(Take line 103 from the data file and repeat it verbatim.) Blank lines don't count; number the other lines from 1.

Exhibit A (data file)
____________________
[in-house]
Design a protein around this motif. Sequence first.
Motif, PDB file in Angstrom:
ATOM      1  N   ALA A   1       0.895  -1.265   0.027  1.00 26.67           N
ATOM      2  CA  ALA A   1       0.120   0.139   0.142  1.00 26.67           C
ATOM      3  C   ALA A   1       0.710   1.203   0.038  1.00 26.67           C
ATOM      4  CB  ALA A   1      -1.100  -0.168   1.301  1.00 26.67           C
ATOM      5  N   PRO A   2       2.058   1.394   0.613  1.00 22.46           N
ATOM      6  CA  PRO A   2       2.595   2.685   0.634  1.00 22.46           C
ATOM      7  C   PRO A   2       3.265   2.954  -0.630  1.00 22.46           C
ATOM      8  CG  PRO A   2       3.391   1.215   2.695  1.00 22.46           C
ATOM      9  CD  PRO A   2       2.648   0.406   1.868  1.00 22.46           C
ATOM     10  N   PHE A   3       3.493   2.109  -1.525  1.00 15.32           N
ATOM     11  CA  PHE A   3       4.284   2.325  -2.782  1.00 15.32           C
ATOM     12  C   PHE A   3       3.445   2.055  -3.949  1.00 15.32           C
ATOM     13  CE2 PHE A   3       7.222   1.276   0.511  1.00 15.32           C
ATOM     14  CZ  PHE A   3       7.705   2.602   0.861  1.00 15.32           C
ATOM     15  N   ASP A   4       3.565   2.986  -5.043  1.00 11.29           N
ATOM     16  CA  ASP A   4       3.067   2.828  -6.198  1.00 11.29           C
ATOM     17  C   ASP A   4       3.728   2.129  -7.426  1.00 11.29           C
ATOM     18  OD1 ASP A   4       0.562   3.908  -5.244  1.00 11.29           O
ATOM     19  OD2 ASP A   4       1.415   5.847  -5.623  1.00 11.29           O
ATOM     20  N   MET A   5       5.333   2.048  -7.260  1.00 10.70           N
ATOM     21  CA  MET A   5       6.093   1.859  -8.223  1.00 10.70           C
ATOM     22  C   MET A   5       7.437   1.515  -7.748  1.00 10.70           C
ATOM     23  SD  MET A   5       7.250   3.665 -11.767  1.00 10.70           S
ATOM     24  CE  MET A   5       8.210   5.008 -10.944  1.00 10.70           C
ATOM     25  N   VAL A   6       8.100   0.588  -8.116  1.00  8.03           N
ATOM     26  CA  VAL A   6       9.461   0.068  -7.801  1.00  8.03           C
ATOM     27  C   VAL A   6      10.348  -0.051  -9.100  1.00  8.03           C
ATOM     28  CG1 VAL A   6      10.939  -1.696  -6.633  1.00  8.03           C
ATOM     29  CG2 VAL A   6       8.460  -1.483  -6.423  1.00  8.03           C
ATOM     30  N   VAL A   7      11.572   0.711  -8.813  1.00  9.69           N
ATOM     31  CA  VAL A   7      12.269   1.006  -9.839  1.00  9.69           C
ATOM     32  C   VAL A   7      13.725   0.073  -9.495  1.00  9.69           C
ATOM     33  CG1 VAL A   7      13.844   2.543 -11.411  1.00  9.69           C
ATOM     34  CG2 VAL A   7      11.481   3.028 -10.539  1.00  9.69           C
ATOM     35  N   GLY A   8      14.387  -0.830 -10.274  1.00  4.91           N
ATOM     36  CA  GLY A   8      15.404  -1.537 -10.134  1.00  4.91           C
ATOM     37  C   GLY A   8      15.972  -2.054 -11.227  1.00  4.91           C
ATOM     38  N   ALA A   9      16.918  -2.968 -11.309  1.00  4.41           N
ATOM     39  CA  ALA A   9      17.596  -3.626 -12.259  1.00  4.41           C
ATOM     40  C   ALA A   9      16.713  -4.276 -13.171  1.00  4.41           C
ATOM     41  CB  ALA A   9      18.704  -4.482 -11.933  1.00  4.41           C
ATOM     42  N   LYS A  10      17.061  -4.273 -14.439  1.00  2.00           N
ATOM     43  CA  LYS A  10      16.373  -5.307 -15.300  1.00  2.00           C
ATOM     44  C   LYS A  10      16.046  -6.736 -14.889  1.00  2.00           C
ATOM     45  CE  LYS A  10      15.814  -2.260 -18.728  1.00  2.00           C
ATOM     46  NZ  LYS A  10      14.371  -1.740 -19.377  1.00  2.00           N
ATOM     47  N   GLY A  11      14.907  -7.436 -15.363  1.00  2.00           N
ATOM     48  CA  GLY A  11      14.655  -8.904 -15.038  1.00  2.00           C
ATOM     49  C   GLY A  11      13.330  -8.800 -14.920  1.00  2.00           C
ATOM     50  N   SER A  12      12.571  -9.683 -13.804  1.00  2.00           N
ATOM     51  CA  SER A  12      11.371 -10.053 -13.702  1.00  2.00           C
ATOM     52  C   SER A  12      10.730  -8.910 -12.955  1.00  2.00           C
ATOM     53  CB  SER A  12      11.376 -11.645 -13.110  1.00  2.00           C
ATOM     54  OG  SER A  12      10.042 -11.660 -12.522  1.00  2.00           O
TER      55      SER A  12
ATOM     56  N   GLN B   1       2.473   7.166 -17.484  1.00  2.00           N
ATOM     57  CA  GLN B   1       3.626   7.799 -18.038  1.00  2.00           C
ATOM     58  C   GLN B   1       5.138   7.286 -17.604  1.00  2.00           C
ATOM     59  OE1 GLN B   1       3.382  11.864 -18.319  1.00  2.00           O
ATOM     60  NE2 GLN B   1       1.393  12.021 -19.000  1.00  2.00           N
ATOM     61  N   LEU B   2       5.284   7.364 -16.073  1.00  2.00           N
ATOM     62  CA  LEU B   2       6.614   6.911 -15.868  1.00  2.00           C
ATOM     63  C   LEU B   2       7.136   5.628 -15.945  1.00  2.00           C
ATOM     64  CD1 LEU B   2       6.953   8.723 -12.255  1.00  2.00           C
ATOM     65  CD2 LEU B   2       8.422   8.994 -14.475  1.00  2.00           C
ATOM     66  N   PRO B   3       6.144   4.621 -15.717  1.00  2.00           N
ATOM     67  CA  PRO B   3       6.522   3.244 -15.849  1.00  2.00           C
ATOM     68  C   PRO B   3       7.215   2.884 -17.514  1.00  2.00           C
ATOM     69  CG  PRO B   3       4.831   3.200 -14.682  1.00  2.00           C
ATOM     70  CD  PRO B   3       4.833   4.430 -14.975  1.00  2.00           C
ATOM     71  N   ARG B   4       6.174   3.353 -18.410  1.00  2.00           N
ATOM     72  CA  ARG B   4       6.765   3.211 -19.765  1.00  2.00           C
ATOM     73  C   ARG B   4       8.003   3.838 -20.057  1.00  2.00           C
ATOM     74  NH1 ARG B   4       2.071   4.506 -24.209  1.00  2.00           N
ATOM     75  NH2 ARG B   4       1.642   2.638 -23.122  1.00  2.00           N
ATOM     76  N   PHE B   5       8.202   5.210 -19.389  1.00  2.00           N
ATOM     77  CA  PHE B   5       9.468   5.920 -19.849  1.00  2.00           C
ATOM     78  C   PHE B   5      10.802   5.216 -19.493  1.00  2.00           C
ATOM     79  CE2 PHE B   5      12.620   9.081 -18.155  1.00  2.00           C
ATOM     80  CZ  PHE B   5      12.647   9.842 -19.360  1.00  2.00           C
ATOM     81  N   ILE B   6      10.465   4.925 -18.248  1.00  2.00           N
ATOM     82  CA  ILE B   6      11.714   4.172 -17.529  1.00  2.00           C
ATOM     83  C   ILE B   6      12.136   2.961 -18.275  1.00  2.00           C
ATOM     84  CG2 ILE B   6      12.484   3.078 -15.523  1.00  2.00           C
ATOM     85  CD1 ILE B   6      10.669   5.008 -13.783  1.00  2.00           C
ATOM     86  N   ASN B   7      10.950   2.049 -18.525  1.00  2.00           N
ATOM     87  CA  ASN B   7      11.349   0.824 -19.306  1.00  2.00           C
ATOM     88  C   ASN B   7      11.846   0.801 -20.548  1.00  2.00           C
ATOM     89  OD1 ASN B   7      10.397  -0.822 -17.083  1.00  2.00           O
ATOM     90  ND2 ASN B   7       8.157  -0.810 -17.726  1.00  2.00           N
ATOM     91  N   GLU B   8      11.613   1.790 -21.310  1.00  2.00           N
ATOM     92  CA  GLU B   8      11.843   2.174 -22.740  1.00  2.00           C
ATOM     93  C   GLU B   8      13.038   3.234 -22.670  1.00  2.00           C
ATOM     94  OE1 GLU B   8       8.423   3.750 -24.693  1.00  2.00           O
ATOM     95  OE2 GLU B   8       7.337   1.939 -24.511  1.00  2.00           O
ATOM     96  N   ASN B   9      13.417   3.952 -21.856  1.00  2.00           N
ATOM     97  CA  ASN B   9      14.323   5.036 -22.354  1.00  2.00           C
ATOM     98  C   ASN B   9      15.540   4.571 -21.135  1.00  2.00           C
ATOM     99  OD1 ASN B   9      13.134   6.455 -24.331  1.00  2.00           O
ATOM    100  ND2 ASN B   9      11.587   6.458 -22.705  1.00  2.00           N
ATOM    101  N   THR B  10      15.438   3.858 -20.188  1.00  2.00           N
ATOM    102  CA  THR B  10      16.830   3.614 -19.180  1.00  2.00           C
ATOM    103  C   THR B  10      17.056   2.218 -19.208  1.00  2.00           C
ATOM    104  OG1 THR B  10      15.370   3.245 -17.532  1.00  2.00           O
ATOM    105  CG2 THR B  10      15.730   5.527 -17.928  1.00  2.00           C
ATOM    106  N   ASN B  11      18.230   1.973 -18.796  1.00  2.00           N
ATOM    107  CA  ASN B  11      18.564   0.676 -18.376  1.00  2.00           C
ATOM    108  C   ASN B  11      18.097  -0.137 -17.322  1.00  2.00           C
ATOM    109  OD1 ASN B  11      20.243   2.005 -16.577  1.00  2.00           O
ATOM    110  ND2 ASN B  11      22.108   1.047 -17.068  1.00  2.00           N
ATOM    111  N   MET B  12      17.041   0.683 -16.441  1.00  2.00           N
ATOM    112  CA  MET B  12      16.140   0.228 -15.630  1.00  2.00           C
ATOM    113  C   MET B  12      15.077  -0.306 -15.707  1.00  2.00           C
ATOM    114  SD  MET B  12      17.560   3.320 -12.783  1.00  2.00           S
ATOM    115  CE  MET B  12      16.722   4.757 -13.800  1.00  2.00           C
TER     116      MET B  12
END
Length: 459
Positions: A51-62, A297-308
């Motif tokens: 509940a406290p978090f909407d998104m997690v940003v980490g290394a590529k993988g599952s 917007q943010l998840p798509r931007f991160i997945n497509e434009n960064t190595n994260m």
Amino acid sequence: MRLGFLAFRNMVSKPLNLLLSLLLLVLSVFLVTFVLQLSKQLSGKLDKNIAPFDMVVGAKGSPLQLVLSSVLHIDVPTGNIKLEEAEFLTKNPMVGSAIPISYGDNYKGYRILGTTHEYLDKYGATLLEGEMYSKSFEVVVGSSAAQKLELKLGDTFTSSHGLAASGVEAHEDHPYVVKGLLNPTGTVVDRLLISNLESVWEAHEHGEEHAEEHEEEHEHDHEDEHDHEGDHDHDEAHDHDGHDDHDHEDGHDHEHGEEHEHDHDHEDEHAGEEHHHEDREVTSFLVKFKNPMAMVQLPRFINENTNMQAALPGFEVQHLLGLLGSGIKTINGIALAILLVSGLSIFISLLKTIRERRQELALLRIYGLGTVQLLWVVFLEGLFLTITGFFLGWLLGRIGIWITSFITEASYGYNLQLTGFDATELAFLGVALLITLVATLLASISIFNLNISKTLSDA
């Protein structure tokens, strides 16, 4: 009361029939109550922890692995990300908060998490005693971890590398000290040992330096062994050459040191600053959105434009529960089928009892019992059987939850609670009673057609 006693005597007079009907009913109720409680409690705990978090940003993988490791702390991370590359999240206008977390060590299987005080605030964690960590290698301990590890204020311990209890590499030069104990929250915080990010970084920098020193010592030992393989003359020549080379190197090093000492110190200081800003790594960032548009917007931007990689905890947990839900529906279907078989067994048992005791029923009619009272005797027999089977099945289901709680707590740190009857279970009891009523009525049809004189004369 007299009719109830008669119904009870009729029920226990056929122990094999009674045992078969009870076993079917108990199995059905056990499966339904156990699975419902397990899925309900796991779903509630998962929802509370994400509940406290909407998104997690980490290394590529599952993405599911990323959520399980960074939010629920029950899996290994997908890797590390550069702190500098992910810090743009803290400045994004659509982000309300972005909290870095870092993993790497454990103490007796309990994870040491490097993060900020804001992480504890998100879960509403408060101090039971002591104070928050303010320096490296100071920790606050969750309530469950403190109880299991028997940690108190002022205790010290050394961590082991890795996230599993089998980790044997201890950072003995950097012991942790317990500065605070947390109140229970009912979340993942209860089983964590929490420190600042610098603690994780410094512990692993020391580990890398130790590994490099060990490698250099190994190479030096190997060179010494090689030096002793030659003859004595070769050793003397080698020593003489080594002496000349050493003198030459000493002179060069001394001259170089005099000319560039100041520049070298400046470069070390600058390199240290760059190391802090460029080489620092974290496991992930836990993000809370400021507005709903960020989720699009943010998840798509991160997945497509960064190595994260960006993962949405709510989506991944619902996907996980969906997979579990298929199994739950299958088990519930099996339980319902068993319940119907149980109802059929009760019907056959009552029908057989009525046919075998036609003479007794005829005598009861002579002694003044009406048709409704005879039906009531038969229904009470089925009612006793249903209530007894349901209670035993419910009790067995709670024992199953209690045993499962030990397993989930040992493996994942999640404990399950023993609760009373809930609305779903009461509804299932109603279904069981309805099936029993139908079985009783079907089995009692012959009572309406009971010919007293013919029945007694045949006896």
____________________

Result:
ATOM    100  ND2 ASN B   9      11.587   6.458 -22.705  1.00  2.00           N